Ward Room
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Opinion: Rauner Should Just Call His Campaign a New Jobs Program

Campaign is hiring paid volunteers to canvas in Cook County

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Opinion: Rauner Should Just Call His Campaign a New Jobs Program

I have a question: How, exactly, does someone spend $10 million of their own money in a political campaign?
 
After all, $10 million is an awful lot of money. But that’s the amount Republican Bruce Rauner has given himself for his gubernatorial campaign—an amount sure to break the record books for self-financing an Illinois political campaign when all is said and done.

 
There’s little doubt Rauner is going to raise even more before Election day, with some from himself and some from wealthy donors. The truth is, when you’re a politician that pals around with the richest people in the state, a lot of their money is going to fall into your campaign coffers.
 
But when you’re a multi-millionaire yourself, you can just fill in any fundraising gaps on your own.
 
News that Rauner is approaching $10 million in his campaign got me thinking: How, exactly, do you spend all that money during a campaign?
 
More importantly, how do you know you’re getting $10 million worth of value from what you spend?
 
It’s not like Bruce Rauner isn’t trying to get the biggest bang for his buck. For one, he’s been pouring money into local Republican organizations across the state, making sure he has enough political friends on his side should he ever find himself inside the Governor’s mansion. He’s also been spending hundreds of thousands of dollars a week to flood the airwaves with ads for his campaign.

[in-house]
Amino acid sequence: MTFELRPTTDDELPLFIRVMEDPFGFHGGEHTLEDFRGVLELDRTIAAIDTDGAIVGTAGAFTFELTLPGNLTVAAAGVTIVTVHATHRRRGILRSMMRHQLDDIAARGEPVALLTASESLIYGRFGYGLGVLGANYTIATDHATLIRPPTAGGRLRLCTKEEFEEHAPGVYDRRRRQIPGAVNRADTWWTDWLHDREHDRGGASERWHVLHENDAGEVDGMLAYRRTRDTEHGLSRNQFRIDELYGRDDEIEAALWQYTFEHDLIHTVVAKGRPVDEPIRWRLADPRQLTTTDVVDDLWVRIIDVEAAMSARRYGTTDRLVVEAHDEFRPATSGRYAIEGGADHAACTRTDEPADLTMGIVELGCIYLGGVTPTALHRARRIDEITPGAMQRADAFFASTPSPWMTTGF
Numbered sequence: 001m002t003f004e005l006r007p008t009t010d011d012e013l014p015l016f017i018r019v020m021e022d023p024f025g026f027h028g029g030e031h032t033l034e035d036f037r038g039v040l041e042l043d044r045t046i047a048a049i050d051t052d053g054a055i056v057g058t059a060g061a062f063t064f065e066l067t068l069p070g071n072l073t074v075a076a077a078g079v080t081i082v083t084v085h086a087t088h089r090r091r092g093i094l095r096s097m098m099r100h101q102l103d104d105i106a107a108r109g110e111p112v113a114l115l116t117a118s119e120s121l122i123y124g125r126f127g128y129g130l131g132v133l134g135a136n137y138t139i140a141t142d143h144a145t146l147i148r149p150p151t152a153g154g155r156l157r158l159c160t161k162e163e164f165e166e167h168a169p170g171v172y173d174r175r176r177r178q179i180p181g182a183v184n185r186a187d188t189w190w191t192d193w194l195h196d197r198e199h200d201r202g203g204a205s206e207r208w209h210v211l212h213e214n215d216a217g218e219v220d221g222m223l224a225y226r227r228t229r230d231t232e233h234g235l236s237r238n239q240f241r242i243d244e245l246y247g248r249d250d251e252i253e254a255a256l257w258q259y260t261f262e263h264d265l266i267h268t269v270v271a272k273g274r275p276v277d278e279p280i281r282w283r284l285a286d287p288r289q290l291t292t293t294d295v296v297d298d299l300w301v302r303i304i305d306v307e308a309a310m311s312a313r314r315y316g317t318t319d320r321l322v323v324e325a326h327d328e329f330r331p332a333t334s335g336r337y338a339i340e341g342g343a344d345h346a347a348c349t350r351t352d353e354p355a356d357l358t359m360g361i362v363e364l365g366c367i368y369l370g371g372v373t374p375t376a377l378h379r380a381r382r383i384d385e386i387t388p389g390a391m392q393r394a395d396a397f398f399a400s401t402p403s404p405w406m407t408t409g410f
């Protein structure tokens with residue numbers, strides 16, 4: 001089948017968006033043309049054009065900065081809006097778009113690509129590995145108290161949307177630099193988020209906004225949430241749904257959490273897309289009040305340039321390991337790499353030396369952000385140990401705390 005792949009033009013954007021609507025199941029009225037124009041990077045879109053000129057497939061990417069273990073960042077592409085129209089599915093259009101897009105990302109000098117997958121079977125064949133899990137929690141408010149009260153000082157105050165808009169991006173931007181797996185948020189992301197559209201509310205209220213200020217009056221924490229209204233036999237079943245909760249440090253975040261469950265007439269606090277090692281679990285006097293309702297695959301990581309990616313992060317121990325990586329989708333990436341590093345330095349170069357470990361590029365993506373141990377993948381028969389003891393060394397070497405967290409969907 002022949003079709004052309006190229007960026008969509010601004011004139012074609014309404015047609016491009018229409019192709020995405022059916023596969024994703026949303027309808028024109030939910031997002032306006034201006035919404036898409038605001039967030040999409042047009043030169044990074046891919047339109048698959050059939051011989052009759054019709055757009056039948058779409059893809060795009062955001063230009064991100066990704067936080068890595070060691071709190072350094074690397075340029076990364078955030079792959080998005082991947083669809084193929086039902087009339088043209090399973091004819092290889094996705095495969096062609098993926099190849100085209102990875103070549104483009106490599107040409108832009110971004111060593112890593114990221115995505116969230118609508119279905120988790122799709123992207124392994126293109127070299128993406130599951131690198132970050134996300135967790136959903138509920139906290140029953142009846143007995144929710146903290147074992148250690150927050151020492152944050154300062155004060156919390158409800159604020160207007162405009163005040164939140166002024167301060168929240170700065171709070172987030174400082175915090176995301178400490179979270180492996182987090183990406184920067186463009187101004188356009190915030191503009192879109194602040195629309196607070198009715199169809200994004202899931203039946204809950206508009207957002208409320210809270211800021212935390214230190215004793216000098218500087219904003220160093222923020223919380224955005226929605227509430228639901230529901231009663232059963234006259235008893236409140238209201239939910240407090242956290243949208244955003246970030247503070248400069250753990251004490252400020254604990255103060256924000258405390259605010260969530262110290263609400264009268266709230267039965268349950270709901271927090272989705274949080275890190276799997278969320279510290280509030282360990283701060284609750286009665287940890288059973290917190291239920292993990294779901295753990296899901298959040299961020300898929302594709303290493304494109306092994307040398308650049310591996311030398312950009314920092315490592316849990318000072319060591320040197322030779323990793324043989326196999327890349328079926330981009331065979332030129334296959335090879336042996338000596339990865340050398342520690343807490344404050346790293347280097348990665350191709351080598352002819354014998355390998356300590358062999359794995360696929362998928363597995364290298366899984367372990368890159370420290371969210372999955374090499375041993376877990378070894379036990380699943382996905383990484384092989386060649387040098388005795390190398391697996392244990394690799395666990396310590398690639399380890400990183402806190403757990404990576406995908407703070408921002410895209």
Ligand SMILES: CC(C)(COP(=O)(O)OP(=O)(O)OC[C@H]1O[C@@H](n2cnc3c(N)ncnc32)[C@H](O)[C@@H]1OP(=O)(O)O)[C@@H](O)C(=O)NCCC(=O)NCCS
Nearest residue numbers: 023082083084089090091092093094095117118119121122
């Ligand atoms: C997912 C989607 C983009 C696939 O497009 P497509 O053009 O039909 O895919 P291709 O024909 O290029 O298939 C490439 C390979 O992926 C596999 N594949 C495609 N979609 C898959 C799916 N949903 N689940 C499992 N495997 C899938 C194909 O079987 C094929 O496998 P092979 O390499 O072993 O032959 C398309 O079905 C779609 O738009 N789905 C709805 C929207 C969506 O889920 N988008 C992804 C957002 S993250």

And, more recently, he’s found another, perhaps more effective way to spend his campaign dough: Hire paid volunteers to walk Cook County precincts.
 
Perhaps there are thousands of Rauner volunteers elsewhere, but in at least two southwest Cook County townships, Rauner is paying people to walk precincts. Both Palos Township GOP Chairman Sean Morrison and Worth Township GOP Chairman Shaun Murphy sent out emails this past week, telling their members about opportunities to be paid to walk precincts for Rauner.  The program offers limited opportunities, beginning immediately, Murphy wrote in his email.
 
Which makes a lot of sense, if you think about it. How else do you make sure you’re getting what you want from someone if you don't flat out pay them?
 
And despite efforts to call the program a “grassroots effort,” make no mistake—walking these precincts in Cook County for Rauner is a paid gig, not volunteering.
 
"The program will continue for the next several weeks, up to the election," he said. "The positions will be filled on a first come bases, with productivity the determinate factor for its continuation. The compensation will be $1000 for 100 hours a month or $500 for 60 hours a month."
 
Hey – the jobs even pay more than Illinois current minimum wage. What’s not to like?
 
Looked at another way, one could even say the entire Rauner campaign is one big hiring machine. I mean, how many Republican political operatives, precinct chairs, advertising executives, consultants, campaign staff and other employees does $10 million or $14 million or $20 million buy during a campaign?
 
On the Rauner campaign web site, jobs is the number one issue the candidate hopes to highlight. In recent months, Rauner has made much hay over what he has said is Gov. Pat Quinn’s failed efforts to reduce unemployment, and his own jobs and economic plan.
 
But to make sure he’s getting the most value from his campaign spending, maybe Bruce Rauner should just cut to the chase and call his entire campaign one big jobs program for Illinois.
 
Maybe that way he can figure out how to claim his campaign spending as just another tax write-off for his personal fortune. 

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